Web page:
What was the rule in English class again? Write out all numbers under 10 as words (so, one through nine) then switch to numerals at 10? That sounds right. But wait, maybe ten should be spelled out, too…
Never mind. We’d like to introduce a new rule. When writing about health for consumers, write every number as a numeral. 1, 2, 3, 4, 5, 55, and 100 — they’re numbers, after all.
Why? Because presenting numbers clearly and consistently can help readers with limited literacy skills know what they’re dealing with. And when it comes to math, most of us need a little help.
Health information involves a lot of numbers. Among others, these numbers include:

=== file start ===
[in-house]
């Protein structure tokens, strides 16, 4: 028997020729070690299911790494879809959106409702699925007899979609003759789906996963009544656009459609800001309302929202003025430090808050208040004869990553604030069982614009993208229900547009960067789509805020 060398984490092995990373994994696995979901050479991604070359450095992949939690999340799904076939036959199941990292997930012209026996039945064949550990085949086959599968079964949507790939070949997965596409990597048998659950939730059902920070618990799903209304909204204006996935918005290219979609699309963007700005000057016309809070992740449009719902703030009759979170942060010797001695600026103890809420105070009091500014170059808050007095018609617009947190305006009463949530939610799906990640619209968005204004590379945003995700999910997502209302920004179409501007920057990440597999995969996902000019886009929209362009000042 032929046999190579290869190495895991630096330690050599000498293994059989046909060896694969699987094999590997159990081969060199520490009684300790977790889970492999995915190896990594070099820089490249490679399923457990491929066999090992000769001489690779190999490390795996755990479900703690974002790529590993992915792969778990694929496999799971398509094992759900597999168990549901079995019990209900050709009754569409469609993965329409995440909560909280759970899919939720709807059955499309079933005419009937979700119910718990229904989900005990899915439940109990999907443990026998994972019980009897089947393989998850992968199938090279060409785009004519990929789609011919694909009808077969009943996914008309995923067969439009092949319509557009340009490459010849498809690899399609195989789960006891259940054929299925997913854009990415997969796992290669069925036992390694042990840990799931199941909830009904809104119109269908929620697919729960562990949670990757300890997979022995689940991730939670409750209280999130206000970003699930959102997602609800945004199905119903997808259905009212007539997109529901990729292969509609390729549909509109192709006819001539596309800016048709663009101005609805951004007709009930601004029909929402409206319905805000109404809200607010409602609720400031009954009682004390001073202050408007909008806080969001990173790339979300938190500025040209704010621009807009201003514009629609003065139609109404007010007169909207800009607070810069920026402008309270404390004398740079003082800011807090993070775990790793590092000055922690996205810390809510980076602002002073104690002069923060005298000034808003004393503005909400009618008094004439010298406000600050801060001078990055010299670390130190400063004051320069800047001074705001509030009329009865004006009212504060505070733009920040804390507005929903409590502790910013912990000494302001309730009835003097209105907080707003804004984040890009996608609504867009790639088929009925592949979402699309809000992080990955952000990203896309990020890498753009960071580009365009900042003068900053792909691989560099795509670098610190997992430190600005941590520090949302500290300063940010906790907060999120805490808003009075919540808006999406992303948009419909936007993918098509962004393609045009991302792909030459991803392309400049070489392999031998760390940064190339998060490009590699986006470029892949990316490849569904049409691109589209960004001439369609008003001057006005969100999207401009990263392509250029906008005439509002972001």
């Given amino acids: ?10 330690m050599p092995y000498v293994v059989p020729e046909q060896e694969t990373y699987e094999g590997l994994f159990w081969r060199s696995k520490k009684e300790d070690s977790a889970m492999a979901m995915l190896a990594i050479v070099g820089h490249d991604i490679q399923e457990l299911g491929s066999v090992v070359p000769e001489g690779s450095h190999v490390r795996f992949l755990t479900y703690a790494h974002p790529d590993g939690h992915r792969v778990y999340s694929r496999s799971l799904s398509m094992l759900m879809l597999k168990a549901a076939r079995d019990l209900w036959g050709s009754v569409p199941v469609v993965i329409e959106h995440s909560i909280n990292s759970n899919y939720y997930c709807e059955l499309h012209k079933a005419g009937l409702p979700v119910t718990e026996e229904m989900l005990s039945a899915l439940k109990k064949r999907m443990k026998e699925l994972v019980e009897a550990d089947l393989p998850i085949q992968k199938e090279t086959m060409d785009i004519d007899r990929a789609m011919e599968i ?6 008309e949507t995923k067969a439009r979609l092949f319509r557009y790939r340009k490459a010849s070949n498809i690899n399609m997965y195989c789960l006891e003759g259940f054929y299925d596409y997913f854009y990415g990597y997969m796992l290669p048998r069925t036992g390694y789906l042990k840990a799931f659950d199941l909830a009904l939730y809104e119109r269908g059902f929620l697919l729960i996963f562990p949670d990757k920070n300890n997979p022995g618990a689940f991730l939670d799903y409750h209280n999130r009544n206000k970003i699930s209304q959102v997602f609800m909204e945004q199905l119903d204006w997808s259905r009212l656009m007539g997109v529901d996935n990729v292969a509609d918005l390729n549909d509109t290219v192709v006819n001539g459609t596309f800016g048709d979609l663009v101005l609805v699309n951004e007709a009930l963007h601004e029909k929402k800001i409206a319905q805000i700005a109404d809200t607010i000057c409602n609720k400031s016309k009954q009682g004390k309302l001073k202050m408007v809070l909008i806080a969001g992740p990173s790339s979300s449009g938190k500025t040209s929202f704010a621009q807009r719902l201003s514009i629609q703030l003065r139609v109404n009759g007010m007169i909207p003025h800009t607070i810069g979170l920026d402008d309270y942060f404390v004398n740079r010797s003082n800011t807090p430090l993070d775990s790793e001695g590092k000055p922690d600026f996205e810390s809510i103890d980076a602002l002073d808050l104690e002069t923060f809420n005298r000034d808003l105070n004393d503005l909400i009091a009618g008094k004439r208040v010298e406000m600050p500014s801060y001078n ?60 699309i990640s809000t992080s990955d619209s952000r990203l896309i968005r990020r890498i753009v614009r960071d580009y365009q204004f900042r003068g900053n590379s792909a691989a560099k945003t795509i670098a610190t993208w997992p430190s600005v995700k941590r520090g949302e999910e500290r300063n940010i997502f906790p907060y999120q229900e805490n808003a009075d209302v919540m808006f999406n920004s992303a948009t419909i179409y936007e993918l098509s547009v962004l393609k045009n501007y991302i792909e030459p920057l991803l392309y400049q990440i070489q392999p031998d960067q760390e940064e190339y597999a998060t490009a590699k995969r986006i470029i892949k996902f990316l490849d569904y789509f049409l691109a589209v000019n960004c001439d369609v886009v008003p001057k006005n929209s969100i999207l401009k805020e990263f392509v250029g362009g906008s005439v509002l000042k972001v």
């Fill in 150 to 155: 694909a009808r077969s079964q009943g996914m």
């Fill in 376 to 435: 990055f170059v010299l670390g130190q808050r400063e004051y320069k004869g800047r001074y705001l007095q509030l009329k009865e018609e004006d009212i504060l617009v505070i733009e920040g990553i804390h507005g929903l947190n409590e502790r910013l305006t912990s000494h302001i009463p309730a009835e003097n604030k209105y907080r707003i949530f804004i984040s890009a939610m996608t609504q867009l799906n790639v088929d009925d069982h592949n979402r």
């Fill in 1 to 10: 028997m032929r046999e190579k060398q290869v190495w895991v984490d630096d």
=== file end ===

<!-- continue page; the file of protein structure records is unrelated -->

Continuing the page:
- Levels (blood glucose, cholesterol)
- Doses (2 tablets, 1 tablespoon)
- Vital signs (heart rate, blood pressure)
- Frequencies (once a week, twice a day)
And those are just the basics! People also need to make calculations (like figuring out what a 20% increase would be) and evaluate risk (like whether a 1 in 10 chance of side effects is good or bad).
When the information is complicated, we need to make it as clear, simple, and accurate as possible — including writing numbers as numerals.
The bottom line: When writing about health for a general audience, write every number as a numeral.
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